When director Katrine Brocks and producer Pernille Tornøe first heard about AudienceFocus, the Danish Film Institute scheme, they had already been developing their first feature, 'The Great Silence’, with screenwriter Marianne Lentz, for two years.
They applied to conduct an audience research study in summer 2021, when the final draft of their screenplay was as good as ready.
"We needed to get out of our little bubble and we wanted to test if we were communicating our vision clearly enough," says Tornøe.
“We were interested in gaining a change of perspective, preferably at a time when there was still room for inspiration in developing the film. We would rather know sooner than later, when the film is released, whether we and the audience are on the same page about our vision."
Honing your pitch
'The Great Silence’, which started shooting in September 2021 with funding from the Danish Film Institute’s New Danish Screen talent development scheme, is a drama about Alma who is about to take her vows to become a Catholic nun. When her brother Erik drops in unexpectedly at the convent after years of separation, the scab is ripped off the family secret that has been keeping them apart. Alma begins to falter, doubting that she is worthy of God’s love.
The film has many themes going at once. For Brocks, one of the aims of the audience research study was to hone her pitch.
"The film is about sibling love, about faith and doubt, forgiveness and guilt, conditional and unconditional love. I realised I was a bit unclear when discussing the film because it touches on so many big subjects. The research was a good way to zero in on the film’s emotional core, on what makes it unique and universally relatable.
"The film is specifically set in a religious arena, and we couldn't decide whether to position it is a religious or a family drama. Where to put the emphasis? What’s most true in terms of the film’s core?"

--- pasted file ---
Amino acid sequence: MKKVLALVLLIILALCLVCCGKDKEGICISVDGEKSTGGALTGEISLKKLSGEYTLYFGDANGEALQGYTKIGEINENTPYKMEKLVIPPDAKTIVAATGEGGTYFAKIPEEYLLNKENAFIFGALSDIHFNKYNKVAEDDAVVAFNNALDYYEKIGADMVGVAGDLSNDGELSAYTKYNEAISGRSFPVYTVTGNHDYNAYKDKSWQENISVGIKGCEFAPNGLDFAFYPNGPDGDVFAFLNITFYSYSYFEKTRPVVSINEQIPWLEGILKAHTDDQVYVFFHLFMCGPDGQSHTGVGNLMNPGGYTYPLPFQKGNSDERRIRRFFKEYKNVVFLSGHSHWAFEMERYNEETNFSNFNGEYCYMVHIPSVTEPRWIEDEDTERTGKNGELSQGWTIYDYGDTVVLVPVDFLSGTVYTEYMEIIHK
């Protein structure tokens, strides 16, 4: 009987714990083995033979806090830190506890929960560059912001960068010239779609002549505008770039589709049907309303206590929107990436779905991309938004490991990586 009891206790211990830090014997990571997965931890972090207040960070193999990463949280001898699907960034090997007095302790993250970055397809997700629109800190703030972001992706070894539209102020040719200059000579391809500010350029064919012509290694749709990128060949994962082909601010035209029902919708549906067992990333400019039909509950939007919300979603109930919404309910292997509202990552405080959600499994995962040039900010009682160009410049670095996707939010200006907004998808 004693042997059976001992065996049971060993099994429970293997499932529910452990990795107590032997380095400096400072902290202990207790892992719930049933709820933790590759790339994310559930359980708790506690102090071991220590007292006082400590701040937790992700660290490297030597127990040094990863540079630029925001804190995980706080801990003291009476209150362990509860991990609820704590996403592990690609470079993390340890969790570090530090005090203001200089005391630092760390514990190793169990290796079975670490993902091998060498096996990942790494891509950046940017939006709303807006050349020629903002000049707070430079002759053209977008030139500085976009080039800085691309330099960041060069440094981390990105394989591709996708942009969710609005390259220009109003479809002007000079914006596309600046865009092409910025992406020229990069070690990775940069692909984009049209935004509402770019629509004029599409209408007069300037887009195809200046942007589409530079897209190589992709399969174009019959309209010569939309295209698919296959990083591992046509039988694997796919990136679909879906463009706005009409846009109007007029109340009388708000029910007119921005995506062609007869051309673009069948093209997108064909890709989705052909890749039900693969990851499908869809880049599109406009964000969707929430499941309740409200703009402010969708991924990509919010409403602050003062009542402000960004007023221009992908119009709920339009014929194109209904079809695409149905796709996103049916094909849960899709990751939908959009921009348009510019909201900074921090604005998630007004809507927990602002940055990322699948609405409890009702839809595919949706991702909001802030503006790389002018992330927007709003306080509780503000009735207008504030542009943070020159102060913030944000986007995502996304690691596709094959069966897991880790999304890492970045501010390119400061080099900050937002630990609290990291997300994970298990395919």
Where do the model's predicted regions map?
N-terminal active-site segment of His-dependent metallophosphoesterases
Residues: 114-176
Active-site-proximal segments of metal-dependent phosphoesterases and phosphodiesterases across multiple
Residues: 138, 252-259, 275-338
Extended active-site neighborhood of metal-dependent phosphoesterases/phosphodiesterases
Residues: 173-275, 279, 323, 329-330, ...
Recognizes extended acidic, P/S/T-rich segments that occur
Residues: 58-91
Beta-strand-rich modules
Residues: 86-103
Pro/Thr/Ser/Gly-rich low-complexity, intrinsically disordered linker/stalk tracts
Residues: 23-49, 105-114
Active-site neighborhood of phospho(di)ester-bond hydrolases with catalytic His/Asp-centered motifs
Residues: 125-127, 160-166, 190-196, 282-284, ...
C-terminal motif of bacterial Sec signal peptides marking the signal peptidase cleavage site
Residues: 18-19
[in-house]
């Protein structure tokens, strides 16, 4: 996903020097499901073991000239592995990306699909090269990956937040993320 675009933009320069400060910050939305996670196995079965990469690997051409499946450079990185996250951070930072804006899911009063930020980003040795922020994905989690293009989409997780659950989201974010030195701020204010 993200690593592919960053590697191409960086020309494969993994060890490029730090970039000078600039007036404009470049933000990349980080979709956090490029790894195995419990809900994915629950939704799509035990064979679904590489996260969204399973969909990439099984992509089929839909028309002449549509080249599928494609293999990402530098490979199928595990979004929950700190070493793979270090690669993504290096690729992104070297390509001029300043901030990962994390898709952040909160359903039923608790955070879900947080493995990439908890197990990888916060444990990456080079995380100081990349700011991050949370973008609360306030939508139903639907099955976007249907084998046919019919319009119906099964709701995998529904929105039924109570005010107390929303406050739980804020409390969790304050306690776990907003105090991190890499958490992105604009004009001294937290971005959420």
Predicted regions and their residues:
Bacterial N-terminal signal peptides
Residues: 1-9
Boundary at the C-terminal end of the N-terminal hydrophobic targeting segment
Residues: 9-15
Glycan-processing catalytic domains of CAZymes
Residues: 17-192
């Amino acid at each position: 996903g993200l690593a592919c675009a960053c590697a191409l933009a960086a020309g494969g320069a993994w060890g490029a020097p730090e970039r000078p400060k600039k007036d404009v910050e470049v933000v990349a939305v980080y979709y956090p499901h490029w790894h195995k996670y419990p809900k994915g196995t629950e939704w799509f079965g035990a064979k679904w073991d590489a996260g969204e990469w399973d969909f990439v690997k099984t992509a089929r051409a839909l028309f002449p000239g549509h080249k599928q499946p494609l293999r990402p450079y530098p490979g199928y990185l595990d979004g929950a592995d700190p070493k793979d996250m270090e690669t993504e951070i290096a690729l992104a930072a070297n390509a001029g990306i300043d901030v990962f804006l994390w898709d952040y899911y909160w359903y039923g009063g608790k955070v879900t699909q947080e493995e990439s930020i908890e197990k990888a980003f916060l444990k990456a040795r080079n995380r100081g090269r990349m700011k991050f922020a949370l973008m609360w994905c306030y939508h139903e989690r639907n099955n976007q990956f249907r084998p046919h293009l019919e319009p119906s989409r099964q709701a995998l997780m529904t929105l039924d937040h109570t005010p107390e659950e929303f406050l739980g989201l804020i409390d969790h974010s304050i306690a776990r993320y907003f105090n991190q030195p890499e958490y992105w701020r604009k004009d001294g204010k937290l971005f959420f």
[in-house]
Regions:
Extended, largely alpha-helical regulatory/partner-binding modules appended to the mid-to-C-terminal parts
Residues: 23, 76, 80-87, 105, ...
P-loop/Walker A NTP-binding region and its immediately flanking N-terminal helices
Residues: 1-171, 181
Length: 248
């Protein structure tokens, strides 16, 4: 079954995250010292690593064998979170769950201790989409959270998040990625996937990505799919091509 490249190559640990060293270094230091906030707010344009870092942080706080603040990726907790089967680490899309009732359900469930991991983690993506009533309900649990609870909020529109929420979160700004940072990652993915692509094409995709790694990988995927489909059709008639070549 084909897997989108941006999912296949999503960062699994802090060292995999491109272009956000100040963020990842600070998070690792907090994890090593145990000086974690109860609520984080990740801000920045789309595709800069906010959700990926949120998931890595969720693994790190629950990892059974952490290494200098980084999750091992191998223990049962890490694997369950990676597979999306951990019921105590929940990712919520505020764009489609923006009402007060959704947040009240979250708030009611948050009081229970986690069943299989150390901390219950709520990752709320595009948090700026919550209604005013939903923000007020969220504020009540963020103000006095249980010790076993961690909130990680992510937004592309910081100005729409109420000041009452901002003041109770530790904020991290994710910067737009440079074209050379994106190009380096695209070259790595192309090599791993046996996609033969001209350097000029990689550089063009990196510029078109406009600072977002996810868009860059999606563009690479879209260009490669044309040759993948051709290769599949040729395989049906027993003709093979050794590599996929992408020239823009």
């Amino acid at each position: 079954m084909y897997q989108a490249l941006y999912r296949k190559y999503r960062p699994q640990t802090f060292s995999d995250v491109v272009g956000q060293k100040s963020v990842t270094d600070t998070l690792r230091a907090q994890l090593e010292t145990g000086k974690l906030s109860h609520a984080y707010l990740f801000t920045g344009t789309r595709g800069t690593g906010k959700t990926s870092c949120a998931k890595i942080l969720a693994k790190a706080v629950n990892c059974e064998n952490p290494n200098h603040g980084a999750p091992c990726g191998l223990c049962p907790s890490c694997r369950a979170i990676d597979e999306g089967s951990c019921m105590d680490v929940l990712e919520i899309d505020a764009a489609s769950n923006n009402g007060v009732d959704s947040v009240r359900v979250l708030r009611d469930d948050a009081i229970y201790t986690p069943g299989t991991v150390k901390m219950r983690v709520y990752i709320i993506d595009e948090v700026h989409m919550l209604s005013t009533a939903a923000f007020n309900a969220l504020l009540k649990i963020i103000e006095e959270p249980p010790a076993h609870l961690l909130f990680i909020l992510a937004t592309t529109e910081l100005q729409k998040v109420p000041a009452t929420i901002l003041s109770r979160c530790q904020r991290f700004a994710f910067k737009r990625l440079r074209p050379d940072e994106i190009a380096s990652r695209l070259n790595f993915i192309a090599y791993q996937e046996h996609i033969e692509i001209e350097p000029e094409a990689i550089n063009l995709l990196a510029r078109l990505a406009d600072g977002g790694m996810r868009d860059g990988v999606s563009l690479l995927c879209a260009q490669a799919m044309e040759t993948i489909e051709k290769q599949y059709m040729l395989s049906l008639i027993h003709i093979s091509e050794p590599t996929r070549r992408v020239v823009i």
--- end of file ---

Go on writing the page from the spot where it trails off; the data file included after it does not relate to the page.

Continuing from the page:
Tornøe adds, "Because we’re working in an arena that few people are familiar with, we were concerned about finding the emotional anchor that would draw in the audience. You might have all sorts of ideas about what’s hard for the audience to get and what might even deter them from watching the film. But here we could actually test what information to give the audience early on to bring them into this universe and make them engage emotionally with it instead of wondering about factual matters."
“One of the biggest challenges in filmmaking is identifying when you’re telling too little or too much, making the audience feel ahead of or behind the film’s events. The study gave us a great opportunity to test that out," Brocks says.
As if they had already seen the film
Brocks and Tornøe worked with the Danish Film Institute and Maple Cph, a strategic consulting company, to design the study and define the central questions.
Maple Cph then conducted two-hour qualitative interviews with 16 participants deemed representative of the film’s potential core audience – people who go to the cinema relatively often, have one or more siblings and so on. The participants generously shared their experiences of the film’s themes, story, characters and relevance based on a one-page outline, a video of Brocks describing her personal approach to the film, a sketch created by the team during the development process at New Danish Screen, two scenes from the screenplay and three texts positioning the film.
Brocks and Tornøe were surprised at the audience’s ability to relate to the material based on such sparse information.
"It felt as if they had already seen our film. Of course, there are certain nuances they don’t get because they haven’t read the whole screenplay, but I think they got a pretty good sense of our project.
“I was particularly moved by some of the reactions to my personal starting point for making the film, the fact that I grew up in a Christian home. Some of them could relate to that in their own life, across the spectrum of gender, age and religious background. That our story seems to have universal appeal actually makes me hopeful that the film can have a broader impact than the niche arthouse audience we originally imagined would go see a low-budget first feature,” Brocks says.